United Airlines has joined a growing list of carriers in opting for a slimmer seat design, and has settled on Recaro’s award-winning economy-class seat, the BL3250 model, for its Airbus narrowbody fleet. The US major aims to cut fuel burn with the lightweight seats, and bolster the revenue generating capabilities of each aircraft by squeezing in another row of seats.
The airline tells the APEX Editor’s Blog that the seats will debut on its fleet of 152 Airbus narrowbodies next year, and will continue to be rolled out through 2014. United concludes the thinner seat allows for the addition of an extra row of seating on its Airbus narrowbodies, without compromising passenger legroom.
The BL3250 has proven to be a very big hit in Europe. Earlier this year Recaro said that after initial deliveries to Lufthansa, Austrian, Swiss, Germanwings, and Brussels Airlines, several other European airlines opted for the economy-class seat. But customers in the Americas have also “very clearly communicated to us that the BL3520 hits the sweet spot in terms of living space, weight, and comfort”, says Jim Cangiano, VP sales and marketing at Recaro Aircraft Seating Americas. “Airlines in the US are flying up to 7-hour segments with their Airbus A320/Boeing 737 aircraft. So our modular comfort kit – with additional features like modified cushions, IFE, PC power and headrest – turns out to be a critical element for their purchase decision.”
Online seat configuration site Seatguru shows that United operates its Airbus narrowbodies in a three-class configuration. The A319s feature 72 economy seats with a 31in pitch, 40 Economy Plus seats featuring a 35in pitch and eight first-class seats with a pitch of 38in. The site indicates the carrier operates two versions of the A320 variant. One features 138 seats configured with 90 economy seats with a 31in pitch, 36 in Economy Plus offering a 36in pitch and 12 in first class with 38in of pitch. The larger 144-seat A320 variant holds 90 economy seats with 31in of pitch, 42 Economy Plus seats with 36in pitch and 12 first-class seats with the larger 38in pitch.
United was a pioneer in providing extended legroom via Economy Plus, and its legacy rivals American Airlines and Delta Air Lines have followed suit with their own versions. Delta’s “Economy Comfort” offers 34in pitch or more, which is a 3in extension of the standard 31in pitch in the carrier’s economy class. American plans to offer an additional 4-6in of pitch to its standard 31-33in economy pitch in its new “Main Cabin Extra” offering, which is debuting this year on its Boeing 777s. Main Cabin Extra will be featured on all f the carrier’s new deliveries, and the carrier aims to retrofit its existing fleet with the premium economy offering.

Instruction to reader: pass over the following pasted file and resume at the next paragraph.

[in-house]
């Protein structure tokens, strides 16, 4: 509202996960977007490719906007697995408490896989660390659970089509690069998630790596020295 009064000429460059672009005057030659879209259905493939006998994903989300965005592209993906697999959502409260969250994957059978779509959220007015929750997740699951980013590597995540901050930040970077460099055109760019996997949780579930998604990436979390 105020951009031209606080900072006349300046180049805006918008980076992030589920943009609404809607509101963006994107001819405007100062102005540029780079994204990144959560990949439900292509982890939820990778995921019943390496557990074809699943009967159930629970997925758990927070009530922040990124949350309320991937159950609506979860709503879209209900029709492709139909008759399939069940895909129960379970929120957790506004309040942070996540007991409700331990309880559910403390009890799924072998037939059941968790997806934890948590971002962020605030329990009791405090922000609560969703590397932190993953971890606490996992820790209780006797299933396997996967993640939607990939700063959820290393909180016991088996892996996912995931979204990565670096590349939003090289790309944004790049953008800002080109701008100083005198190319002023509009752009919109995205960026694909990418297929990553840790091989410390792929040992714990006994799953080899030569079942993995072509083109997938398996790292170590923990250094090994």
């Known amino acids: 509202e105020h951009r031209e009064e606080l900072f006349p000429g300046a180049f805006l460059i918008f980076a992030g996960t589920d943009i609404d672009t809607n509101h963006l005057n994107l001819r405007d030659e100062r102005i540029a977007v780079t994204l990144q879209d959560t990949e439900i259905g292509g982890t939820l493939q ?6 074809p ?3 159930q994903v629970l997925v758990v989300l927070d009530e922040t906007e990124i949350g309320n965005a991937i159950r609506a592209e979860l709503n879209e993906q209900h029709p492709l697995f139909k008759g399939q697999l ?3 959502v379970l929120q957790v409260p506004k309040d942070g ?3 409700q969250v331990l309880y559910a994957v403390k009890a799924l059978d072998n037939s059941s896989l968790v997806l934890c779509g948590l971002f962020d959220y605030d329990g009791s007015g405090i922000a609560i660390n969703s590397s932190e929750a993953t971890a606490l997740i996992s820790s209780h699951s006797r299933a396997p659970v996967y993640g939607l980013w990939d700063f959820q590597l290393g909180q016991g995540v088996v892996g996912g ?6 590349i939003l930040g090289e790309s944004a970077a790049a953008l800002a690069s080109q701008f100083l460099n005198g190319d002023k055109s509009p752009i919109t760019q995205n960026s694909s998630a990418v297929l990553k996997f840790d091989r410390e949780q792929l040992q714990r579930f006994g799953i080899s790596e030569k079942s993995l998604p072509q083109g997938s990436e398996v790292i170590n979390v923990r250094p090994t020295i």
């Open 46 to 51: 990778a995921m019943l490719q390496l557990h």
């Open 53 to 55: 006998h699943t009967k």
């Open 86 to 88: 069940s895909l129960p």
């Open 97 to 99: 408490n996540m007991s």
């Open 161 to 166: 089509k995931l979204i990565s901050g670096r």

Canadian carrier WestJet is the latest airline to table plans for a premium economy offering, which will offer 36in of pitch and stadardise regular economy seat pitch at 31in-32in. The airline’s 17 Boeing 737-800s currently offer a more generous 34in pitch in their single economy-class configuration.
United’s aim in outfitting its Airbus narrowbodies with the slimmer Recaro seats is to reduce weight, which translates into what carrier CFO John Rainey recently characterised as “an appreciable amount of fuel savings”. He also acknowledged the extra seats are “better from a revenue perspective”.
The new seats on United’s Airbus narrowbodies are the latest in a host of interior changes the carrier is planning for the fleet type. During April of this year United began installing larger bins on the jets to increase the aircraft’s capacity of handling standard 21-in roll-aboard bags by two-thirds. Other Airbus cabin improvements include better lighting, and eventually Wi-Fi. United will feature Wi-Fi fleetwide by 2015 and is installing the Panasonic eXConnect system powered by Ku-band satellites on its Airbus twinjets.
Adoption of lighter and thinner seats by carriers has quickly spread worldwide throughout the last few years. The trend of opting for slimmer seats to add capacity to aircraft without compromising passenger comfort spans low cost and legacy carriers alike. Southwest Airlines in late 2011 revealed a massive interior upgrade to its Boeing 737-700 fleet dubbed “EVOLVE” that features the addition of six seats on the narrowbody jets, which will reduce pitch by a single inch to 31in. But the carrier states the seat re-design actually allows for more cubic space around the body.
Rainey stated the possibility exists for United to consider featuring slimmer seats on additional fleet types. However, he said the carrier has made no firm commitments in that regard.
However, United remains confident the changes being made to its Airbus narrowbody fleet will result in “a much better aircraft for our passengers and a better customer convenience”, Rainey declared.